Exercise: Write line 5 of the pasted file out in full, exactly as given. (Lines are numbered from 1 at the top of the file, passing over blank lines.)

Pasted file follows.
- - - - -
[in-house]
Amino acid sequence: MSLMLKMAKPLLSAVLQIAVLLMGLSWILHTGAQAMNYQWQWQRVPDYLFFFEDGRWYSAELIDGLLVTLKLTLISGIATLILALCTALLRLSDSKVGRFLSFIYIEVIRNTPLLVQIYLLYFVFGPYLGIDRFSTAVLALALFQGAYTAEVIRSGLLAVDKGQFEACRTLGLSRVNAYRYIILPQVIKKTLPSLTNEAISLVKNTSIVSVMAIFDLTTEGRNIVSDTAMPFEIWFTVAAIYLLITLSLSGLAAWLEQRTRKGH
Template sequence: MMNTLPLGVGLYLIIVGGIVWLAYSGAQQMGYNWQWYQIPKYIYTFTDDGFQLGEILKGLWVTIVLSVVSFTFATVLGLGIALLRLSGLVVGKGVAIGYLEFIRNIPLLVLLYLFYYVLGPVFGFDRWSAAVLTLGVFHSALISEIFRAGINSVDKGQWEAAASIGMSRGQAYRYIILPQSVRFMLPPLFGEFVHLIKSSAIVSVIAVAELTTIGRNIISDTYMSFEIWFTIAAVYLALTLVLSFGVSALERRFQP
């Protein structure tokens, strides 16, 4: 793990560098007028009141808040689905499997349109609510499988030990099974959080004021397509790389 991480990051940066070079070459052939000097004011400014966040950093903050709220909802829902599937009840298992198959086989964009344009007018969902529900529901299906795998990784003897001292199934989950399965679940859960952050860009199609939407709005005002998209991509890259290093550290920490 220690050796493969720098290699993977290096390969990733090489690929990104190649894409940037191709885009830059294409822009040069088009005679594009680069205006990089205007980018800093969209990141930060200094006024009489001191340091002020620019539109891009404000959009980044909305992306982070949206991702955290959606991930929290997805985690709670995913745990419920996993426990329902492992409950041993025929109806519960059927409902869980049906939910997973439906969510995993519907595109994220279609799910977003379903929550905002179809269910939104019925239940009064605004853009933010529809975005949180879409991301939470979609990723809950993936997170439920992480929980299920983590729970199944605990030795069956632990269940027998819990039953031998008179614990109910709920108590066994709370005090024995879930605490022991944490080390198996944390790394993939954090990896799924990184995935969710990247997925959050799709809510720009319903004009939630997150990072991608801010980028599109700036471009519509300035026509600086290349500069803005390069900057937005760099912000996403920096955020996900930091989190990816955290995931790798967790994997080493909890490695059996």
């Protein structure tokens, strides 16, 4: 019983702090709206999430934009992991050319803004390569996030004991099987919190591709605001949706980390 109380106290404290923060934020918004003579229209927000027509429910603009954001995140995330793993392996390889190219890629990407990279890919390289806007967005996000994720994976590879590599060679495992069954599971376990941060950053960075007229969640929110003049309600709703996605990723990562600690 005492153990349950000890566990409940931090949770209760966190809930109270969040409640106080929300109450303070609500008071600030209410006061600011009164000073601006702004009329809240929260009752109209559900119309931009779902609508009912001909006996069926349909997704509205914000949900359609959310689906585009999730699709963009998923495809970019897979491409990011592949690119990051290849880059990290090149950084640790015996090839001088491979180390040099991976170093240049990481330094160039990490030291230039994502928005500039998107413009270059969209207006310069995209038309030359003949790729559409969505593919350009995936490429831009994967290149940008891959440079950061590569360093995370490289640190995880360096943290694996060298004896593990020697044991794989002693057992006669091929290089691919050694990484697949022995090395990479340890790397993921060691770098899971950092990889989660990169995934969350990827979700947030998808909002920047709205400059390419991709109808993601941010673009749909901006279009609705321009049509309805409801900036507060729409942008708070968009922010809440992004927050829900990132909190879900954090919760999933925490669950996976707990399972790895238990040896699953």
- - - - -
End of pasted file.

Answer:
């Protein structure tokens, strides 16, 4: 019983702090709206999430934009992991050319803004390569996030004991099987919190591709605001949706980390 109380106290404290923060934020918004003579229209927000027509429910603009954001995140995330793993392996390889190219890629990407990279890919390289806007967005996000994720994976590879590599060679495992069954599971376990941060950053960075007229969640929110003049309600709703996605990723990562600690 005492153990349950000890566990409940931090949770209760966190809930109270969040409640106080929300109450303070609500008071600030209410006061600011009164000073601006702004009329809240929260009752109209559900119309931009779902609508009912001909006996069926349909997704509205914000949900359609959310689906585009999730699709963009998923495809970019897979491409990011592949690119990051290849880059990290090149950084640790015996090839001088491979180390040099991976170093240049990481330094160039990490030291230039994502928005500039998107413009270059969209207006310069995209038309030359003949790729559409969505593919350009995936490429831009994967290149940008891959440079950061590569360093995370490289640190995880360096943290694996060298004896593990020697044991794989002693057992006669091929290089691919050694990484697949022995090395990479340890790397993921060691770098899971950092990889989660990169995934969350990827979700947030998808909002920047709205400059390419991709109808993601941010673009749909901006279009609705321009049509309805409801900036507060729409942008708070968009922010809440992004927050829900990132909190879900954090919760999933925490669950996976707990399972790895238990040896699953």